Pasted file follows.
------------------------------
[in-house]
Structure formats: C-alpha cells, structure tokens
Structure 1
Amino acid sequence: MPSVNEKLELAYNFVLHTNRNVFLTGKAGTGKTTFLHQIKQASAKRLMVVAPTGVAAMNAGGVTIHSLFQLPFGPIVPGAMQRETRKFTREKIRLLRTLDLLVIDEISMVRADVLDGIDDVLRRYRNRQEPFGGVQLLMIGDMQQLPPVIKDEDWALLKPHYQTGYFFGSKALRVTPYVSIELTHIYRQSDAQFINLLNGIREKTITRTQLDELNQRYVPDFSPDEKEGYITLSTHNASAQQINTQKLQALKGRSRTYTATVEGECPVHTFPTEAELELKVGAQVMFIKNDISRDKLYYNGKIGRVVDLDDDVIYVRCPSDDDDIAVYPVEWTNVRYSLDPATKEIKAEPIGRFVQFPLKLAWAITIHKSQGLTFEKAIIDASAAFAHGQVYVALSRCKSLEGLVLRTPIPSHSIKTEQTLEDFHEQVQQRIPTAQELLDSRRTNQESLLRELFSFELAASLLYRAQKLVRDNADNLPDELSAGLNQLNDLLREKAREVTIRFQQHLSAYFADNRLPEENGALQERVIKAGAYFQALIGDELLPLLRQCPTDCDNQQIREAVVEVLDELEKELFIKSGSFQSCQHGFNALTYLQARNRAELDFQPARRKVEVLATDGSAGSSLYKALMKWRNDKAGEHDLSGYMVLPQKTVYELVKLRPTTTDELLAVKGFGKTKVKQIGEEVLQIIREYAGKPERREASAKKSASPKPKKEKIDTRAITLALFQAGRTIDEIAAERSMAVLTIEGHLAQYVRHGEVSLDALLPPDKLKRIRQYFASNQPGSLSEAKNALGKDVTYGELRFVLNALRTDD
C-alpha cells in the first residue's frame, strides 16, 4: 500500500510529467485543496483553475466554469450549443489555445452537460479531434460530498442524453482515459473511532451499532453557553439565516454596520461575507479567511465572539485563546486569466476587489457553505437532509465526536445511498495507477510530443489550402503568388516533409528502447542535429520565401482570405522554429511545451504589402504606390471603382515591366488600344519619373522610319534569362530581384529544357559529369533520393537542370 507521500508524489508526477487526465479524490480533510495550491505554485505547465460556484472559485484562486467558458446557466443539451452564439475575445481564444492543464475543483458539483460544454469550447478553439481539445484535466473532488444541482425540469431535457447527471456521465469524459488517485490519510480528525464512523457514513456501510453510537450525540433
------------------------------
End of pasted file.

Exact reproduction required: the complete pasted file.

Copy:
[in-house]
Structure formats: C-alpha cells, structure tokens
Structure 1
Amino acid sequence: MPSVNEKLELAYNFVLHTNRNVFLTGKAGTGKTTFLHQIKQASAKRLMVVAPTGVAAMNAGGVTIHSLFQLPFGPIVPGAMQRETRKFTREKIRLLRTLDLLVIDEISMVRADVLDGIDDVLRRYRNRQEPFGGVQLLMIGDMQQLPPVIKDEDWALLKPHYQTGYFFGSKALRVTPYVSIELTHIYRQSDAQFINLLNGIREKTITRTQLDELNQRYVPDFSPDEKEGYITLSTHNASAQQINTQKLQALKGRSRTYTATVEGECPVHTFPTEAELELKVGAQVMFIKNDISRDKLYYNGKIGRVVDLDDDVIYVRCPSDDDDIAVYPVEWTNVRYSLDPATKEIKAEPIGRFVQFPLKLAWAITIHKSQGLTFEKAIIDASAAFAHGQVYVALSRCKSLEGLVLRTPIPSHSIKTEQTLEDFHEQVQQRIPTAQELLDSRRTNQESLLRELFSFELAASLLYRAQKLVRDNADNLPDELSAGLNQLNDLLREKAREVTIRFQQHLSAYFADNRLPEENGALQERVIKAGAYFQALIGDELLPLLRQCPTDCDNQQIREAVVEVLDELEKELFIKSGSFQSCQHGFNALTYLQARNRAELDFQPARRKVEVLATDGSAGSSLYKALMKWRNDKAGEHDLSGYMVLPQKTVYELVKLRPTTTDELLAVKGFGKTKVKQIGEEVLQIIREYAGKPERREASAKKSASPKPKKEKIDTRAITLALFQAGRTIDEIAAERSMAVLTIEGHLAQYVRHGEVSLDALLPPDKLKRIRQYFASNQPGSLSEAKNALGKDVTYGELRFVLNALRTDD
C-alpha cells in the first residue's frame, strides 16, 4: 500500500510529467485543496483553475466554469450549443489555445452537460479531434460530498442524453482515459473511532451499532453557553439565516454596520461575507479567511465572539485563546486569466476587489457553505437532509465526536445511498495507477510530443489550402503568388516533409528502447542535429520565401482570405522554429511545451504589402504606390471603382515591366488600344519619373522610319534569362530581384529544357559529369533520393537542370 507521500508524489508526477487526465479524490480533510495550491505554485505547465460556484472559485484562486467558458446557466443539451452564439475575445481564444492543464475543483458539483460544454469550447478553439481539445484535466473532488444541482425540469431535457447527471456521465469524459488517485490519510480528525464512523457514513456501510453510537450525540433